• Principles, methods, programming

No surprises here, identical to kettlebell lifting or bodyweight training (and no need to mention that the same principles apply to martial arts training):

a) Continuity of the training process = “plan the work, work the plan”.

By plan we mean a training program for several weeks or months (!) and not just a single training unit.

Dan John says that if you want to be prepared for everything, you will be prepared for nothing. If you’re confused about what your goal is, your body will be – as far as adaptation is concerned – confused even more.

b) Waviness of the load = you need to add as well as take the weight off the bar, it’s impossible to go on full throttle all the time

We have gone over all basic types of periodization in detail (linear, step, wave…). One of the top coaching cues Dr. Hartle has shared with us was to strive to increase 80% of your 1RM in the long-term. Yes, not your 1RM but the 80% of your 1RM. Genius.

c) Specialized variety = it’s better to perform variations of the same exercise than completely different/new ones

Example: If you plateau in bench press, things that might help you include eg. close-grip bench press, floor press, board press etc.

A total of five blocks were dedicated to detailed programming. We have thoroughly discussed the principles of training for beginners, slightly advanced, advanced; programs for laymen, martial artists, athletes from various fields and powerlifters; programs for long-term improvement as well as quick peaking ones; muscle mass building programs (ärmor building”); fixing a deteriorating cycle; the principles behind number of reps, sets etc.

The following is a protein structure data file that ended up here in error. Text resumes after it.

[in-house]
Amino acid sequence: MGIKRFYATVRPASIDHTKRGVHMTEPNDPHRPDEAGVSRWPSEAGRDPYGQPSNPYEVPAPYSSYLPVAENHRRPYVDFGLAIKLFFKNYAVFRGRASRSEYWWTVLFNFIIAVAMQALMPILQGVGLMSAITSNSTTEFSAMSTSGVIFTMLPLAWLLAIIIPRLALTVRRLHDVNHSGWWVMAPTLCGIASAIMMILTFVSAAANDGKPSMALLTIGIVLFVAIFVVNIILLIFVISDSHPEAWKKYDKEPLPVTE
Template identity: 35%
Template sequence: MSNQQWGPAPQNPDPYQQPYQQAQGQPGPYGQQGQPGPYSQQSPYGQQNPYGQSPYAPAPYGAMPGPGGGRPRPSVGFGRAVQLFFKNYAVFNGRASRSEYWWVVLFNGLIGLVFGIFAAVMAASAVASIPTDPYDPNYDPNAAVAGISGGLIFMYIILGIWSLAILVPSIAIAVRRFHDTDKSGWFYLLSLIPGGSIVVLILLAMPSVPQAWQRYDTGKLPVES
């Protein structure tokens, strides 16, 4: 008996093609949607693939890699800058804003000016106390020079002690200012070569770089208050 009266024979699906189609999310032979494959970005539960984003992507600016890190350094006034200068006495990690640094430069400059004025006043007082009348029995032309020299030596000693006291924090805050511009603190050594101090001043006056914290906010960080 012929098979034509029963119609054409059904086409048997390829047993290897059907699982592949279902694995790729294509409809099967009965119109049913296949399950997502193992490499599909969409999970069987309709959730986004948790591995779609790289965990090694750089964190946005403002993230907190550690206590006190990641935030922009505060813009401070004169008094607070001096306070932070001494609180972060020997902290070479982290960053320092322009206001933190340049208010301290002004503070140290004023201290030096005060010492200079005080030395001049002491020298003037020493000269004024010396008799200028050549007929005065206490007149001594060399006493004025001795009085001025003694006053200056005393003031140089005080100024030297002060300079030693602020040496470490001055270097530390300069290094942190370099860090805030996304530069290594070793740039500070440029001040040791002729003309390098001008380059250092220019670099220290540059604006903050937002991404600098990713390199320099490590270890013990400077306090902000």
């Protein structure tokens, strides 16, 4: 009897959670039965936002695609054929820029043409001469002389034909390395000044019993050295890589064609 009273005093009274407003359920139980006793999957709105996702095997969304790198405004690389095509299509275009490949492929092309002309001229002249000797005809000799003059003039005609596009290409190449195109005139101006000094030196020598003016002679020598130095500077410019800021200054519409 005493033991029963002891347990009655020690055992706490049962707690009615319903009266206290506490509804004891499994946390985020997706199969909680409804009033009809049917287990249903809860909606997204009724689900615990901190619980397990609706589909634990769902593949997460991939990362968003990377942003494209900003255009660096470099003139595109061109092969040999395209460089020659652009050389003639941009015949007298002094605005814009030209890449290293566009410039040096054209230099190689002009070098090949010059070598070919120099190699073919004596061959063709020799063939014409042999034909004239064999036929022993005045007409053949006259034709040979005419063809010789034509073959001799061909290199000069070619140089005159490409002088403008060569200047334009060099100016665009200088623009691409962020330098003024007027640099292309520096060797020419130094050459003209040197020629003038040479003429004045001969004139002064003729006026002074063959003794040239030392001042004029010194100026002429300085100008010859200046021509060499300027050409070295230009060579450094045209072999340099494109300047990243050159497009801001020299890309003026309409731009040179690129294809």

SFL Manual contains over 50 pages of TOP quality programs for all levels and purposes. WOW!

To conclude…

Impressed. Wiser. Stronger.

Team, Stina, Tommy, Doc, Pavel – thank you.

Pavel Macek Sifu, Practical Hung Kyun/KB5 Chief Instructor

SFG/SFB/SFL Instructor

Kettlebell Simple and SinisterFor further information about StrongFirst kettlebell, bodyweight, and barbell courses please visit StrongFirst.com.

If you are looking for the TOP minimalistic strength and conditioning program, make sure to purchase Pavel’s new book Simple & Sinister!

Special thanks to Adam Lundquist for all the cool pics and video

English translation of the article: Roman Cupera.